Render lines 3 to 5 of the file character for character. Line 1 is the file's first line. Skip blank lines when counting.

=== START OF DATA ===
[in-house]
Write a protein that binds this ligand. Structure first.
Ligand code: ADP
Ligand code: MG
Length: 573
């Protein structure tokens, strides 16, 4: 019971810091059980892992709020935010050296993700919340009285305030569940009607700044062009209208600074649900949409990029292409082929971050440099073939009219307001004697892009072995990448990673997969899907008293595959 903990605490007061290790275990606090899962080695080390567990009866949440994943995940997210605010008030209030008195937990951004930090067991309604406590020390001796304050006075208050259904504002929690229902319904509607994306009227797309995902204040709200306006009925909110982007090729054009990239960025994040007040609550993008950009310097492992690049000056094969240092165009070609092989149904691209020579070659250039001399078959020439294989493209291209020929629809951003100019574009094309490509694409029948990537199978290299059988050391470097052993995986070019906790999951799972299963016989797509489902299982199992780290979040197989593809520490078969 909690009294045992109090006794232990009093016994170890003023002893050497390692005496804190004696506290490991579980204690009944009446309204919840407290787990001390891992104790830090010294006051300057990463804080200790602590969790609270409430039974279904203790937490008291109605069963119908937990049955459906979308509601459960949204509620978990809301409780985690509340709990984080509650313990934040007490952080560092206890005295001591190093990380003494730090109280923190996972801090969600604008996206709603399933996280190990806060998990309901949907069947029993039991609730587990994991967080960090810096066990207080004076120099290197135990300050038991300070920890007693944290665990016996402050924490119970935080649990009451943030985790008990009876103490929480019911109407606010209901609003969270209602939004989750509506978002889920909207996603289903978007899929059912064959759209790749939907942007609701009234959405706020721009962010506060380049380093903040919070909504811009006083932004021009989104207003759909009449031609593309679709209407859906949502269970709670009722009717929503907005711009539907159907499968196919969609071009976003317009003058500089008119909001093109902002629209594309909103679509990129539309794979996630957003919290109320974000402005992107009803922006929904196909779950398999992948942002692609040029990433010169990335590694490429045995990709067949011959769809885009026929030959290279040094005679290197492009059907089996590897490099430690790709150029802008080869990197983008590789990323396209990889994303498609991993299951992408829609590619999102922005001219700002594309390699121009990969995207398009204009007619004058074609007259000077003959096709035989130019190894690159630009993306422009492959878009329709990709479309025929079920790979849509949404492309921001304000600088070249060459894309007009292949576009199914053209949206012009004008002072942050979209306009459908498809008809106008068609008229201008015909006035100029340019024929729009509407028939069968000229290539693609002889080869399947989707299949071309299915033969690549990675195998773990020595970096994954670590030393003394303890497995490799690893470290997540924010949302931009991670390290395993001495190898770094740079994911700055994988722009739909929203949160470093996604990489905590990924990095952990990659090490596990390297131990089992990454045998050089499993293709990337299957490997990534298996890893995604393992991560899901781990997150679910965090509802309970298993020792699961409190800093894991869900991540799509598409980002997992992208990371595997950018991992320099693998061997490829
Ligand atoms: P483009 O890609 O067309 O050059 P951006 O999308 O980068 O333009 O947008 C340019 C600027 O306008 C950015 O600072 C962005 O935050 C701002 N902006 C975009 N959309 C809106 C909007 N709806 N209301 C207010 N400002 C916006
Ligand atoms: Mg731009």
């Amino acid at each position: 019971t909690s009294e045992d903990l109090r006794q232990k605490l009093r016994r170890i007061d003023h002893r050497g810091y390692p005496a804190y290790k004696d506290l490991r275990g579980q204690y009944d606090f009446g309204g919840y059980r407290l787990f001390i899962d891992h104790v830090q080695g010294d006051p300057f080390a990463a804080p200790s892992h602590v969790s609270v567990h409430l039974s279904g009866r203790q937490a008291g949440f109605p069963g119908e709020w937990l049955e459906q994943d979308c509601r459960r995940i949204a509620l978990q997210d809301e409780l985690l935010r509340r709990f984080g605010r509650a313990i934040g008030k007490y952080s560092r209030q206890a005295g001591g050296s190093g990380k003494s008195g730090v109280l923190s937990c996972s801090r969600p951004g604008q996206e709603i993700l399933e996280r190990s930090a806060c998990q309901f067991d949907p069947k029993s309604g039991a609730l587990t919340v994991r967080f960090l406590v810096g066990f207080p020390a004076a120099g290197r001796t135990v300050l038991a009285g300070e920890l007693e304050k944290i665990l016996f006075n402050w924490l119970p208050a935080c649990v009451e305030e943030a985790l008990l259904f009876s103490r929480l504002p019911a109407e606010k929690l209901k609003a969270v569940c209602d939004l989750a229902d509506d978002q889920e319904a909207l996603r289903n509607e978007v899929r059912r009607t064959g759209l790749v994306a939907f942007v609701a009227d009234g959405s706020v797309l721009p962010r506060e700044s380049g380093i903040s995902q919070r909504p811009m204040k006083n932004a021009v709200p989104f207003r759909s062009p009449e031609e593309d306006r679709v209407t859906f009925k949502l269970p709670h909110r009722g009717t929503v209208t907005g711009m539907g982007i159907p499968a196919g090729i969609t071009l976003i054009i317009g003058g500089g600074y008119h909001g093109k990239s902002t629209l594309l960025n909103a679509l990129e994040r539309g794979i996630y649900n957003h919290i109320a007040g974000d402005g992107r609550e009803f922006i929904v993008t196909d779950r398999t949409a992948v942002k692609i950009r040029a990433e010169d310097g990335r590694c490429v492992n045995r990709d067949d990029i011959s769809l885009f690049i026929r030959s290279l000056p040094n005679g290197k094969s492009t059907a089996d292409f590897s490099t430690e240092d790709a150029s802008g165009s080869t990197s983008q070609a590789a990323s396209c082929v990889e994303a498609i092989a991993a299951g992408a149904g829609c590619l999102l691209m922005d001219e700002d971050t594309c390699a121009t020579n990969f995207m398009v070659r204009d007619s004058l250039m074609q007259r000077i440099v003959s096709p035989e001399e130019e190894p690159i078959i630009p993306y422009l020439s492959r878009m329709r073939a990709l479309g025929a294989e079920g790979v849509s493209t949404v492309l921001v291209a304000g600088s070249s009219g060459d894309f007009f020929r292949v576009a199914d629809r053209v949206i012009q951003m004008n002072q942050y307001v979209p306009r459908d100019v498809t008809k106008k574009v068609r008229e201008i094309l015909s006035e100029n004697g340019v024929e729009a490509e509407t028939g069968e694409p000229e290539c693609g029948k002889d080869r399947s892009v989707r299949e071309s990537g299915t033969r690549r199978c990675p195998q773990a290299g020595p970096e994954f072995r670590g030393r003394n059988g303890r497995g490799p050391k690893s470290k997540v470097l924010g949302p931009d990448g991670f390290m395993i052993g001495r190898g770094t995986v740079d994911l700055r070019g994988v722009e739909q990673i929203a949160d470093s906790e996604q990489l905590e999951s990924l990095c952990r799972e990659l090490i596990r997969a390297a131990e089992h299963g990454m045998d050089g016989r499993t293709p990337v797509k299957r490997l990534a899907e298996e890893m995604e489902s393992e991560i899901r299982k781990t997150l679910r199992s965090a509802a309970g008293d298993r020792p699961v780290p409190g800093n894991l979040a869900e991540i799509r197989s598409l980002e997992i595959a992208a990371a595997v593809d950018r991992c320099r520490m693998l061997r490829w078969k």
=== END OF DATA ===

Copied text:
Ligand code: ADP
Ligand code: MG
Length: 573